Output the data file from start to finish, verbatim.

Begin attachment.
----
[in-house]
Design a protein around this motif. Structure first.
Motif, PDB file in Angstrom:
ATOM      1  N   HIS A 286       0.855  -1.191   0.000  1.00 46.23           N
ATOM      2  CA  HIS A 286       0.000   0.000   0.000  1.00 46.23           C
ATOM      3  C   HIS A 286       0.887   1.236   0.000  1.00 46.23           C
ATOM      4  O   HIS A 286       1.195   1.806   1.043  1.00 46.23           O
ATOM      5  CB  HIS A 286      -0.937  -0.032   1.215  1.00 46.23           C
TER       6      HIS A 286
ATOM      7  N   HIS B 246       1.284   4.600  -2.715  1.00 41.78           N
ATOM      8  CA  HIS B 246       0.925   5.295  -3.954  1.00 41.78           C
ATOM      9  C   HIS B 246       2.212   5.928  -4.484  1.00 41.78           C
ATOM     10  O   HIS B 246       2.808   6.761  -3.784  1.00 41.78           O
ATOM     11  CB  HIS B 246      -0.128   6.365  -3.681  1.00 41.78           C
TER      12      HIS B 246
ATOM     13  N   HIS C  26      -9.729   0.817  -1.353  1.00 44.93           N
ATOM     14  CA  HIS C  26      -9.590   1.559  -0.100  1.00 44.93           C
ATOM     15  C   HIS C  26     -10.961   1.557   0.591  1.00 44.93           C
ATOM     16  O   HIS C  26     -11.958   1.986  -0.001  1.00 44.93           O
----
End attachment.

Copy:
[in-house]
Design a protein around this motif. Structure first.
Motif, PDB file in Angstrom:
ATOM      1  N   HIS A 286       0.855  -1.191   0.000  1.00 46.23           N
ATOM      2  CA  HIS A 286       0.000   0.000   0.000  1.00 46.23           C
ATOM      3  C   HIS A 286       0.887   1.236   0.000  1.00 46.23           C
ATOM      4  O   HIS A 286       1.195   1.806   1.043  1.00 46.23           O
ATOM      5  CB  HIS A 286      -0.937  -0.032   1.215  1.00 46.23           C
TER       6      HIS A 286
ATOM      7  N   HIS B 246       1.284   4.600  -2.715  1.00 41.78           N
ATOM      8  CA  HIS B 246       0.925   5.295  -3.954  1.00 41.78           C
ATOM      9  C   HIS B 246       2.212   5.928  -4.484  1.00 41.78           C
ATOM     10  O   HIS B 246       2.808   6.761  -3.784  1.00 41.78           O
ATOM     11  CB  HIS B 246      -0.128   6.365  -3.681  1.00 41.78           C
TER      12      HIS B 246
ATOM     13  N   HIS C  26      -9.729   0.817  -1.353  1.00 44.93           N
ATOM     14  CA  HIS C  26      -9.590   1.559  -0.100  1.00 44.93           C
ATOM     15  C   HIS C  26     -10.961   1.557   0.591  1.00 44.93           C
ATOM     16  O   HIS C  26     -11.958   1.986  -0.001  1.00 44.93           O